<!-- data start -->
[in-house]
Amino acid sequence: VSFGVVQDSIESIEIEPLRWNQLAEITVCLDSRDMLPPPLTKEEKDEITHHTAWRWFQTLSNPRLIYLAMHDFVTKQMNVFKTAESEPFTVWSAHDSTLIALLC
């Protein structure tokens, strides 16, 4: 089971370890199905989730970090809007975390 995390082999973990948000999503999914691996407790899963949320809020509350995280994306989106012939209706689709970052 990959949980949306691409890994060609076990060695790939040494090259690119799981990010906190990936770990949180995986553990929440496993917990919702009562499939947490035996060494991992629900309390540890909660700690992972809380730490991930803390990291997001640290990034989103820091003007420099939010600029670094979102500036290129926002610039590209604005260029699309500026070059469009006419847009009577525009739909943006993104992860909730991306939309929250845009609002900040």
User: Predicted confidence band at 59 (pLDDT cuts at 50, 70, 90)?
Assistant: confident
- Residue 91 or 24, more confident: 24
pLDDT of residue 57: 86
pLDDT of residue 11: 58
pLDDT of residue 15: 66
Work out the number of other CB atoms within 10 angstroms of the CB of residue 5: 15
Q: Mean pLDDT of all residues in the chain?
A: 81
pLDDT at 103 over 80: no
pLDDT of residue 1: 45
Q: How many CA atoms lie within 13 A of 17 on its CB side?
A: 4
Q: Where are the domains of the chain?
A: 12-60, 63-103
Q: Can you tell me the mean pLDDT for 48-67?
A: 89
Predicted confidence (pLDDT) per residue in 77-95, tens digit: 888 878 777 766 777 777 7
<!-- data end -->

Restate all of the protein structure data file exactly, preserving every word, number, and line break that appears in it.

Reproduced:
[in-house]
Amino acid sequence: VSFGVVQDSIESIEIEPLRWNQLAEITVCLDSRDMLPPPLTKEEKDEITHHTAWRWFQTLSNPRLIYLAMHDFVTKQMNVFKTAESEPFTVWSAHDSTLIALLC
């Protein structure tokens, strides 16, 4: 089971370890199905989730970090809007975390 995390082999973990948000999503999914691996407790899963949320809020509350995280994306989106012939209706689709970052 990959949980949306691409890994060609076990060695790939040494090259690119799981990010906190990936770990949180995986553990929440496993917990919702009562499939947490035996060494991992629900309390540890909660700690992972809380730490991930803390990291997001640290990034989103820091003007420099939010600029670094979102500036290129926002610039590209604005260029699309500026070059469009006419847009009577525009739909943006993104992860909730991306939309929250845009609002900040």
User: Predicted confidence band at 59 (pLDDT cuts at 50, 70, 90)?
Assistant: confident
- Residue 91 or 24, more confident: 24
pLDDT of residue 57: 86
pLDDT of residue 11: 58
pLDDT of residue 15: 66
Work out the number of other CB atoms within 10 angstroms of the CB of residue 5: 15
Q: Mean pLDDT of all residues in the chain?
A: 81
pLDDT at 103 over 80: no
pLDDT of residue 1: 45
Q: How many CA atoms lie within 13 A of 17 on its CB side?
A: 4
Q: Where are the domains of the chain?
A: 12-60, 63-103
Q: Can you tell me the mean pLDDT for 48-67?
A: 89
Predicted confidence (pLDDT) per residue in 77-95, tens digit: 888 878 777 766 777 777 7